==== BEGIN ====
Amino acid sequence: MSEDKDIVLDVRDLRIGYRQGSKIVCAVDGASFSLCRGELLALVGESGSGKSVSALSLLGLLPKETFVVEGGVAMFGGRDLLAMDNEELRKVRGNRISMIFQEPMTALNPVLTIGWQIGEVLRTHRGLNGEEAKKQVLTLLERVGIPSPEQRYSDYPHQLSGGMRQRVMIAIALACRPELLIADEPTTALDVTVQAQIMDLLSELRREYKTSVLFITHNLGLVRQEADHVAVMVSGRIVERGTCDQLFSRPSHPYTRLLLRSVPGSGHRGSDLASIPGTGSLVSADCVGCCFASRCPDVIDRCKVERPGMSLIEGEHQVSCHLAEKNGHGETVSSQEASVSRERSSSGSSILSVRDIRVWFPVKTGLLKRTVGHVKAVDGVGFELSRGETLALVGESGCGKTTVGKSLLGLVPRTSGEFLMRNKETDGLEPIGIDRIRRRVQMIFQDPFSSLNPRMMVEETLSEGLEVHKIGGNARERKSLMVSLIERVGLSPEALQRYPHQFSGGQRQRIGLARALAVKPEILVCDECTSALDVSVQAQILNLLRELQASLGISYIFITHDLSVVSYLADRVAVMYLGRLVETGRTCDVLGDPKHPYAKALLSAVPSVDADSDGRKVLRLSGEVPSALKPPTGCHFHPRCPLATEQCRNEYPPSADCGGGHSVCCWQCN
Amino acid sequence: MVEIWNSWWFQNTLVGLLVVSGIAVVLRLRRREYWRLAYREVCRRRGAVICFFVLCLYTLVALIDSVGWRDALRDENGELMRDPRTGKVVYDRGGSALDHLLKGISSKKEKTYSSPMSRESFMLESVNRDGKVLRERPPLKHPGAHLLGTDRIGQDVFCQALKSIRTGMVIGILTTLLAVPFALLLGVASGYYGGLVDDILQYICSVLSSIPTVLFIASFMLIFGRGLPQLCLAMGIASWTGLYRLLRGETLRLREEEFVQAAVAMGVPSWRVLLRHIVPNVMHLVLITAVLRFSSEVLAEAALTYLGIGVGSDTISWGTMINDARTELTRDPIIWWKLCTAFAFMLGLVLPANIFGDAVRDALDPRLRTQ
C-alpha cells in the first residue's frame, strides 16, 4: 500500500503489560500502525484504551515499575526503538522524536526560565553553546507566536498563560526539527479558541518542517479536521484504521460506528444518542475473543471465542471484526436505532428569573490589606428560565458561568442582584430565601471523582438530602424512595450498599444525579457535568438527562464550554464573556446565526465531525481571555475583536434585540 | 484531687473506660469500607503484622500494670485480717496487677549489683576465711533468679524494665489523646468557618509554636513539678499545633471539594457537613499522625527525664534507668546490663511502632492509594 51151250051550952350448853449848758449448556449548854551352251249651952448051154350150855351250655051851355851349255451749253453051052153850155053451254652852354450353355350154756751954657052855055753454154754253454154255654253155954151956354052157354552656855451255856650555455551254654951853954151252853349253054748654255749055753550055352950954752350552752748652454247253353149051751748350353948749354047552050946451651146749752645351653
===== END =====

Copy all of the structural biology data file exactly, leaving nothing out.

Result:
Amino acid sequence: MSEDKDIVLDVRDLRIGYRQGSKIVCAVDGASFSLCRGELLALVGESGSGKSVSALSLLGLLPKETFVVEGGVAMFGGRDLLAMDNEELRKVRGNRISMIFQEPMTALNPVLTIGWQIGEVLRTHRGLNGEEAKKQVLTLLERVGIPSPEQRYSDYPHQLSGGMRQRVMIAIALACRPELLIADEPTTALDVTVQAQIMDLLSELRREYKTSVLFITHNLGLVRQEADHVAVMVSGRIVERGTCDQLFSRPSHPYTRLLLRSVPGSGHRGSDLASIPGTGSLVSADCVGCCFASRCPDVIDRCKVERPGMSLIEGEHQVSCHLAEKNGHGETVSSQEASVSRERSSSGSSILSVRDIRVWFPVKTGLLKRTVGHVKAVDGVGFELSRGETLALVGESGCGKTTVGKSLLGLVPRTSGEFLMRNKETDGLEPIGIDRIRRRVQMIFQDPFSSLNPRMMVEETLSEGLEVHKIGGNARERKSLMVSLIERVGLSPEALQRYPHQFSGGQRQRIGLARALAVKPEILVCDECTSALDVSVQAQILNLLRELQASLGISYIFITHDLSVVSYLADRVAVMYLGRLVETGRTCDVLGDPKHPYAKALLSAVPSVDADSDGRKVLRLSGEVPSALKPPTGCHFHPRCPLATEQCRNEYPPSADCGGGHSVCCWQCN
Amino acid sequence: MVEIWNSWWFQNTLVGLLVVSGIAVVLRLRRREYWRLAYREVCRRRGAVICFFVLCLYTLVALIDSVGWRDALRDENGELMRDPRTGKVVYDRGGSALDHLLKGISSKKEKTYSSPMSRESFMLESVNRDGKVLRERPPLKHPGAHLLGTDRIGQDVFCQALKSIRTGMVIGILTTLLAVPFALLLGVASGYYGGLVDDILQYICSVLSSIPTVLFIASFMLIFGRGLPQLCLAMGIASWTGLYRLLRGETLRLREEEFVQAAVAMGVPSWRVLLRHIVPNVMHLVLITAVLRFSSEVLAEAALTYLGIGVGSDTISWGTMINDARTELTRDPIIWWKLCTAFAFMLGLVLPANIFGDAVRDALDPRLRTQ
C-alpha cells in the first residue's frame, strides 16, 4: 500500500503489560500502525484504551515499575526503538522524536526560565553553546507566536498563560526539527479558541518542517479536521484504521460506528444518542475473543471465542471484526436505532428569573490589606428560565458561568442582584430565601471523582438530602424512595450498599444525579457535568438527562464550554464573556446565526465531525481571555475583536434585540 | 484531687473506660469500607503484622500494670485480717496487677549489683576465711533468679524494665489523646468557618509554636513539678499545633471539594457537613499522625527525664534507668546490663511502632492509594 51151250051550952350448853449848758449448556449548854551352251249651952448051154350150855351250655051851355851349255451749253453051052153850155053451254652852354450353355350154756751954657052855055753454154754253454154255654253155954151956354052157354552656855451255856650555455551254654951853954151252853349253054748654255749055753550055352950954752350552752748652454247253353149051751748350353948749354047552050946451651146749752645351653